PZ: Every film should be unique so this is a need to create a special look for every film. Every story demands a special look, demands a special rhythm, a particular rhythm and demands its images. Some stories need slow images and wide images, and some stories need short cuts, close ups, moving cameras. Some stories need steady cameras, some stories need handheld cameras, some stories need special effects. So I think that it is a universal thing – every film should be different.
LC: When shooting The Cave of Forgotten Dreams did you encounter any problems?
PZ: This question is too vast, because there were a lot of problems. The main problem was the cave itself, the difficulty to enter the cave and to bring in equipment. The limited time period we had to shoot because of the oxygen and because of the CO2 – and also the limited time of access that was set up by the scientists. Another problem was working with 3D which is not really developed yet, or was not really developed yet at that time, for use in documentaries. A lot of problems arose when using 3D vision in the real world, in feature films it is much easier to deal with the aesthetics and technical problems like the 3D affecting the foreground and 3D affecting the background and balancing these effects. These were the main problems
LC: What effect do such low light conditions have on the shoot?
PZ: There were some advantages in low light, you don’t use big equipment and you can work with a smaller crew. The disadvantages are that you are limited with creative lighting so you have to be creative yourself to create any good effects and any good pictures. Of course there are technical issues in low light, very small depth of field, very big grain and the pixelization when you shoot digital. Of course when it’s too dark you don’t see anything.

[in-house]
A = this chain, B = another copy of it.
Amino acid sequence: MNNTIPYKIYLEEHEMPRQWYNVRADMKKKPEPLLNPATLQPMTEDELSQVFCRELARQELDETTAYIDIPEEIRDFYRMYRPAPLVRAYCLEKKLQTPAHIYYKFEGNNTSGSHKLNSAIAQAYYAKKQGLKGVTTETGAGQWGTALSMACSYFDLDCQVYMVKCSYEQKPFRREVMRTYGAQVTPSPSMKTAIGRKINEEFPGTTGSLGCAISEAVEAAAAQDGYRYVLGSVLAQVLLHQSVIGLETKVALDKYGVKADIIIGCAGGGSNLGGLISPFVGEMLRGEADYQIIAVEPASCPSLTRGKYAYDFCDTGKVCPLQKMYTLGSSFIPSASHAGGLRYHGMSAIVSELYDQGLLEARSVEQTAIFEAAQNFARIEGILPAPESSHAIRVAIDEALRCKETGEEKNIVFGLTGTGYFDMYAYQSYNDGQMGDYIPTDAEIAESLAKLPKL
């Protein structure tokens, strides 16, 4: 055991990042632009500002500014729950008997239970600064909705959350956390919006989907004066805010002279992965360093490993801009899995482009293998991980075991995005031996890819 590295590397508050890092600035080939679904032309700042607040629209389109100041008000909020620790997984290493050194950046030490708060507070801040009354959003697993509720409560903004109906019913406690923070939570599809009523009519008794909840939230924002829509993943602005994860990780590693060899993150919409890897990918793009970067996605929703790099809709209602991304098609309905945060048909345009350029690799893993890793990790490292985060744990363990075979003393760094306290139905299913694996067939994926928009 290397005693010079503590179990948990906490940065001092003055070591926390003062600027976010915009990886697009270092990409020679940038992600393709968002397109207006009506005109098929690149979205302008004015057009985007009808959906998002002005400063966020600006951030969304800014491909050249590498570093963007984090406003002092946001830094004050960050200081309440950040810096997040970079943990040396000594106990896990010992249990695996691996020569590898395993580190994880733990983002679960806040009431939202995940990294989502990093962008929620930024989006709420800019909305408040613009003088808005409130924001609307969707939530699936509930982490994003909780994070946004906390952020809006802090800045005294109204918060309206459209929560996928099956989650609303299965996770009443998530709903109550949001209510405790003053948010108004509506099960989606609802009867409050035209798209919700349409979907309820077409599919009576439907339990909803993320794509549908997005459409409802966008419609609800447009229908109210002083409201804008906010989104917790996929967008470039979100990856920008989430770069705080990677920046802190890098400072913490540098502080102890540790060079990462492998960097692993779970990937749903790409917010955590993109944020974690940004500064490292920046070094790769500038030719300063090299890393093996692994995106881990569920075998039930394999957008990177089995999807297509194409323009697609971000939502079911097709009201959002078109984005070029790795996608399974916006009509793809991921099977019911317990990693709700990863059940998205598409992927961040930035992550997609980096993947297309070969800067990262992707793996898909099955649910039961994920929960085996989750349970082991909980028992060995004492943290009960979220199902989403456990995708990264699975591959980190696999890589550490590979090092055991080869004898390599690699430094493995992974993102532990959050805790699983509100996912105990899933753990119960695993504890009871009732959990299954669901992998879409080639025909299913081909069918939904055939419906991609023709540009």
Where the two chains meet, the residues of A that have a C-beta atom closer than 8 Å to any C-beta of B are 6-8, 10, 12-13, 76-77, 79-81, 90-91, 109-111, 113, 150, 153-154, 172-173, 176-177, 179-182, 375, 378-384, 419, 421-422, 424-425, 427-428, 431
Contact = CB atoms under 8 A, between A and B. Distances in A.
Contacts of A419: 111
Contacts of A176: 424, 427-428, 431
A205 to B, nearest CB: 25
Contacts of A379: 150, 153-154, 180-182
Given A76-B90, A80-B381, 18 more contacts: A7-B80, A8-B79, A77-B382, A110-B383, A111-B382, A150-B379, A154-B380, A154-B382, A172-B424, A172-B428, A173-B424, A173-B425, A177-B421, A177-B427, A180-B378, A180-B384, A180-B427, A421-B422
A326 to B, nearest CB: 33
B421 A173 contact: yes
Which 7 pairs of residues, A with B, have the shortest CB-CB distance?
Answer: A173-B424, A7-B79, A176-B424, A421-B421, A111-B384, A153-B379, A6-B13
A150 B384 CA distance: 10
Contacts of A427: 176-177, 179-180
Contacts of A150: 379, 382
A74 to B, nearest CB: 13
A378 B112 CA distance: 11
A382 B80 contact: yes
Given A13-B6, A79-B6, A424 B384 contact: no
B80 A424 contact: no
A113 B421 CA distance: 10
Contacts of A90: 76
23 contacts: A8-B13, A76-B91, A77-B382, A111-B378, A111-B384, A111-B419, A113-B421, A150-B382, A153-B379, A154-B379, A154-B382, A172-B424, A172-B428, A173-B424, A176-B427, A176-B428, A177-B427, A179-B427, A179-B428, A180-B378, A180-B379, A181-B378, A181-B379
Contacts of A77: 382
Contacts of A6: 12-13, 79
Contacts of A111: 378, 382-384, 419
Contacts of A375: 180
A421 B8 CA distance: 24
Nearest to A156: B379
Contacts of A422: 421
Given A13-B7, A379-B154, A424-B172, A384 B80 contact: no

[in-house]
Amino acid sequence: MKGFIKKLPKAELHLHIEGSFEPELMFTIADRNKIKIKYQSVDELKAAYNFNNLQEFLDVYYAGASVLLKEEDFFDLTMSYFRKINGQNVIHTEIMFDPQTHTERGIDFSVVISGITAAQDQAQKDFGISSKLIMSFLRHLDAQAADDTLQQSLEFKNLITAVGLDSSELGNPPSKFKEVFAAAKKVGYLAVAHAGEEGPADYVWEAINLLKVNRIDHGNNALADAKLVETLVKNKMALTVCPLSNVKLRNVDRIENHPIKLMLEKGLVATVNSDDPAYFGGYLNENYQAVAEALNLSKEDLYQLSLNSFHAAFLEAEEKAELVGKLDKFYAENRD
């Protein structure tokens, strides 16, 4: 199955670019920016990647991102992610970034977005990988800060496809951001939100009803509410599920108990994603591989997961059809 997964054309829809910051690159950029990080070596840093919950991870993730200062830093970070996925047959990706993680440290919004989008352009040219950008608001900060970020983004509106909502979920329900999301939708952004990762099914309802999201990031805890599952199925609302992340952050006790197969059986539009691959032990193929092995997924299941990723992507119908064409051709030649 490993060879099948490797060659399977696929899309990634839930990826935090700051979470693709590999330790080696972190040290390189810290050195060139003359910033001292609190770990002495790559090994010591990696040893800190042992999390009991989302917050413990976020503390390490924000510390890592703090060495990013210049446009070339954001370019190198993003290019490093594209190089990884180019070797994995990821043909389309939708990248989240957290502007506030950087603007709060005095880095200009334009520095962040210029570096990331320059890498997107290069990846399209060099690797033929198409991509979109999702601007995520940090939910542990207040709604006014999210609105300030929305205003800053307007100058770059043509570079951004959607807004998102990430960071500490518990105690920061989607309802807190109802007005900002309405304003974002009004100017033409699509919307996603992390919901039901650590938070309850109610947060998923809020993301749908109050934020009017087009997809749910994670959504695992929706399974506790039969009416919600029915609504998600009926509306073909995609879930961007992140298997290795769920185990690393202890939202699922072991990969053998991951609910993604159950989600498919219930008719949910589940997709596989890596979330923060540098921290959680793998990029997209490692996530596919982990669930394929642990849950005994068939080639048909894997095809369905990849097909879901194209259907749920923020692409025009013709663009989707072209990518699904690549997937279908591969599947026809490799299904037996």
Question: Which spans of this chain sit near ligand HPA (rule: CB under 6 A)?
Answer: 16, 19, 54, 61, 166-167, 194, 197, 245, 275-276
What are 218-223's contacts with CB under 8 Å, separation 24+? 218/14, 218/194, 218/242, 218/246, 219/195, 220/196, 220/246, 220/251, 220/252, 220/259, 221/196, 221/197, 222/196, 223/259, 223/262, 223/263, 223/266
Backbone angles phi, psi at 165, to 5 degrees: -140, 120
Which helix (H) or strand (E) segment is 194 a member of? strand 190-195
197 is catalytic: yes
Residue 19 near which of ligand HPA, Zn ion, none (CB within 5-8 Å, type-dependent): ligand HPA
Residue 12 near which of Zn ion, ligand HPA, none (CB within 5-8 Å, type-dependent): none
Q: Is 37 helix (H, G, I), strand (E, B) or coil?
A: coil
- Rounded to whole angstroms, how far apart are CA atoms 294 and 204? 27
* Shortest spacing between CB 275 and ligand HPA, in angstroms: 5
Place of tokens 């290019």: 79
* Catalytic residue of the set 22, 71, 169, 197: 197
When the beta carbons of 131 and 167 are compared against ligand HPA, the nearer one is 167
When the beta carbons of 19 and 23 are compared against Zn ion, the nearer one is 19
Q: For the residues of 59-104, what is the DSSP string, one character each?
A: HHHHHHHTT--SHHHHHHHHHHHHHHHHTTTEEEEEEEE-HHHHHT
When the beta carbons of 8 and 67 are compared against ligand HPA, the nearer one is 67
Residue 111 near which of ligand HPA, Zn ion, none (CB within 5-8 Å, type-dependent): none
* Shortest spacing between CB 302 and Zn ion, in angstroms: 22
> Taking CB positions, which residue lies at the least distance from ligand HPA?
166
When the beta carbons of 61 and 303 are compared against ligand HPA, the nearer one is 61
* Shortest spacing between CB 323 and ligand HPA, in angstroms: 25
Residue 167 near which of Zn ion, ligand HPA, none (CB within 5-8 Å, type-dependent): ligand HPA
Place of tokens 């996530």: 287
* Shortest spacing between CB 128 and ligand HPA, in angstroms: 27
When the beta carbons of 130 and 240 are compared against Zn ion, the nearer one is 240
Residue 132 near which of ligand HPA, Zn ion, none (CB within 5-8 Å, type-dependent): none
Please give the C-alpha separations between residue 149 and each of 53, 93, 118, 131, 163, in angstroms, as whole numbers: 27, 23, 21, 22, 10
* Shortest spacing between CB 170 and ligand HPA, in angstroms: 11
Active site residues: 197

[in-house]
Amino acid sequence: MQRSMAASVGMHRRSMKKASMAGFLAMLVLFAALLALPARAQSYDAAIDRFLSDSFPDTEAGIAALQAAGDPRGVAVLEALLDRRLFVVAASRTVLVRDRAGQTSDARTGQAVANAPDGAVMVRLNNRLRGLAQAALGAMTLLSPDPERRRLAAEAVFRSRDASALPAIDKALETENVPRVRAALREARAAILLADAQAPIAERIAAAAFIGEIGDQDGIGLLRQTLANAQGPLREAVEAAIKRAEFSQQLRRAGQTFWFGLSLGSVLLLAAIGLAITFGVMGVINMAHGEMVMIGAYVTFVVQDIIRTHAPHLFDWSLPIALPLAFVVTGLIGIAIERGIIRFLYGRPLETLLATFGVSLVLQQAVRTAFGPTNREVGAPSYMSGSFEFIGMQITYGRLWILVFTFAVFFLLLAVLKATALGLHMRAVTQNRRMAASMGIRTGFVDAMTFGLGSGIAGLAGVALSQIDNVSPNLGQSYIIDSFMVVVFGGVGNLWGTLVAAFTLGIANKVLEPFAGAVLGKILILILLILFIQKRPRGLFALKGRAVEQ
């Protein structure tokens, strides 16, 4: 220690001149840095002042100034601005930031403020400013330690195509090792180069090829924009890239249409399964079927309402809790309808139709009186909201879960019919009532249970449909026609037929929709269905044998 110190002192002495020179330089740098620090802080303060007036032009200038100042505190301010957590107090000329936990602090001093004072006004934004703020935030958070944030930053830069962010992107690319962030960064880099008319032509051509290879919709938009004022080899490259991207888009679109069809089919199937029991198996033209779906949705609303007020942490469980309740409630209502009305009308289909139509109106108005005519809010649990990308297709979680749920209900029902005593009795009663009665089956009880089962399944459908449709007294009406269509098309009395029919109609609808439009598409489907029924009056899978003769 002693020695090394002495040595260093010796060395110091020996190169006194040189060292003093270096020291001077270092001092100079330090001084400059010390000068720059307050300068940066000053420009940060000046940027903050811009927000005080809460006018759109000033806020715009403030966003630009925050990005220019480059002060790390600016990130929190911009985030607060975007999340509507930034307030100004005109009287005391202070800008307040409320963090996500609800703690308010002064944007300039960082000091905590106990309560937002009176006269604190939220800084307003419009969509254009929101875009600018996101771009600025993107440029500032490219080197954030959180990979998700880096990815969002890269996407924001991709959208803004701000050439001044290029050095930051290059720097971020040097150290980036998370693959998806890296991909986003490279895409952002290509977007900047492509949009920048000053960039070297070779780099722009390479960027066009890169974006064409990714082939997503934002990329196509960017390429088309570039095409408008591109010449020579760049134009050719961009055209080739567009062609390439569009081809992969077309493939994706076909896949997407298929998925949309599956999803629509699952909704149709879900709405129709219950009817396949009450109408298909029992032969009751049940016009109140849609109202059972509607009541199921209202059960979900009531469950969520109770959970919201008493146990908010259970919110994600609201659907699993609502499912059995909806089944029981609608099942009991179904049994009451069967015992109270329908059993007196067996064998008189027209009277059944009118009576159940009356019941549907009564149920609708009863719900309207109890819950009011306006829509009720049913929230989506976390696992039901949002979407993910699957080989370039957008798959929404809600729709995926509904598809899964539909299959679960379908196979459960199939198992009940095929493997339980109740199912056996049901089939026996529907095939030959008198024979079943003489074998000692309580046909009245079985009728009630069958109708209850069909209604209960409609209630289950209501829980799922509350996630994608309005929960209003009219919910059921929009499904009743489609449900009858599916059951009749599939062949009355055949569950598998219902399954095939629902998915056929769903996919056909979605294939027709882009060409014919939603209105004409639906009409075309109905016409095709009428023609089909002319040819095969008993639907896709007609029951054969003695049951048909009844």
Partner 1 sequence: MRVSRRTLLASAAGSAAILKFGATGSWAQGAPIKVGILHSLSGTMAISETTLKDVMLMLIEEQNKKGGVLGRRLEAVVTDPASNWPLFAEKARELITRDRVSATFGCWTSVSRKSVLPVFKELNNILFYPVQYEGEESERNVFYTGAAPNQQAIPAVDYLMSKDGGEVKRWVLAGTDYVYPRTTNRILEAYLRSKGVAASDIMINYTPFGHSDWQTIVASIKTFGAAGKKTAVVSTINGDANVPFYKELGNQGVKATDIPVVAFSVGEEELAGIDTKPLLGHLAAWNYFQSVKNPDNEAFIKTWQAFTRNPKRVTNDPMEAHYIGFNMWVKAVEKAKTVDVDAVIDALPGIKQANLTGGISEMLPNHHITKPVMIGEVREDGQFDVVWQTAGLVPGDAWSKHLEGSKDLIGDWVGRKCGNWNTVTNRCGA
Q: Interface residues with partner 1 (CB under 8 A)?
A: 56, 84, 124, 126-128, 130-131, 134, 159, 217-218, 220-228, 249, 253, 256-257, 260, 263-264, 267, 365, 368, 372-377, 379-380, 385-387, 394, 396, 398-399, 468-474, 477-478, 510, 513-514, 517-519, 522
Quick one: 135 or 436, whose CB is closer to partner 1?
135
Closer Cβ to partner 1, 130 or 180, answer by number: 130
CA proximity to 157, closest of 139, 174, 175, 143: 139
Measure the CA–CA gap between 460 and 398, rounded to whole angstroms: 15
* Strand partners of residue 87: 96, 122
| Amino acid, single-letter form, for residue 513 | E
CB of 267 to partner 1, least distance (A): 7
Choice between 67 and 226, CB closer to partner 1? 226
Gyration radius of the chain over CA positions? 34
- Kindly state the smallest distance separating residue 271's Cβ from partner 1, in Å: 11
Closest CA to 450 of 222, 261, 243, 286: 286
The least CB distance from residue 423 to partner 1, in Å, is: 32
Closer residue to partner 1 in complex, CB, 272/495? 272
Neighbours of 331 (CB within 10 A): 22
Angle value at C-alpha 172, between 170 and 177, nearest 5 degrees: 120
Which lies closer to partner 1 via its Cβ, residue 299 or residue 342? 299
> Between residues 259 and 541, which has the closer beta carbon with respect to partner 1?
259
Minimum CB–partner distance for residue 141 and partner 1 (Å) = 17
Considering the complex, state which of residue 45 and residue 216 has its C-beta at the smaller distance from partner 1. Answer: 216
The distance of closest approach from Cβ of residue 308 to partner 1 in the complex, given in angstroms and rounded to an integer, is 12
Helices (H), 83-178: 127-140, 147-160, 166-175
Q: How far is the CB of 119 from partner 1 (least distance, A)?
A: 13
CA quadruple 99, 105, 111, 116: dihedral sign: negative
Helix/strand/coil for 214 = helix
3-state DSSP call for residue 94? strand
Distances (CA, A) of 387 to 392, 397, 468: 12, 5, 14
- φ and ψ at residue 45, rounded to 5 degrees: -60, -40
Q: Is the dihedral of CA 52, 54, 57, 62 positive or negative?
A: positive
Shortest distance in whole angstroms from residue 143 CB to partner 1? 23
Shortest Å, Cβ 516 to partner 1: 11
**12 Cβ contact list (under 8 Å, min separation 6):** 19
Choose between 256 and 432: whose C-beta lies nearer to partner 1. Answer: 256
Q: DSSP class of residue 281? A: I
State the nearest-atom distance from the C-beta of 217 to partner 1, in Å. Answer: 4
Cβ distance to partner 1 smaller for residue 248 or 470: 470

LC: How did you counter the low light, with lenses or other equipment?
PZ: We used high speed lenses and we had strong, cold, LED lamps with us. We used them cleverly by moving them to create the feeling like it would be torchlight or headlights of helmets – to create more vivid and a life feeling in the scenes. We believed that this effect was showing how the cave people 30,000 years ago saw the cave when they entered with their torches.
3D is a demanding tool to capture the art.
LC: How did the limited time, and space, inside the cave affect the look and feel of the film?
PZ: Actually, it didn’t affect it. There is nothing special that you are limited in time and space, you are limited in every production.
LC: In terms of your personal experience what was it like to be inside the cave?
PZ: Inside the cave the unique experience is that you feel that you are at the bottom line, or at the origins of human art, human consciousness and human vision. This is a very great feeling – you are at the centre of it.
LC: I’ve read that Werner was quite sceptical of the artistic value of 3D. Do you feel the same way?
PZ: Werner believes that 3D is a gimmick of the commercial cinema. Usually they use it as an effect to attract the audience, like spears coming out of the screen or weapons reaching out in to the audience. We didn’t want to use those effects, but actually to capture the surface of the paintings, the reliefs and the three dimensional structure of the walls on which the animals are painted. 3D is a demanding tool to capture the art.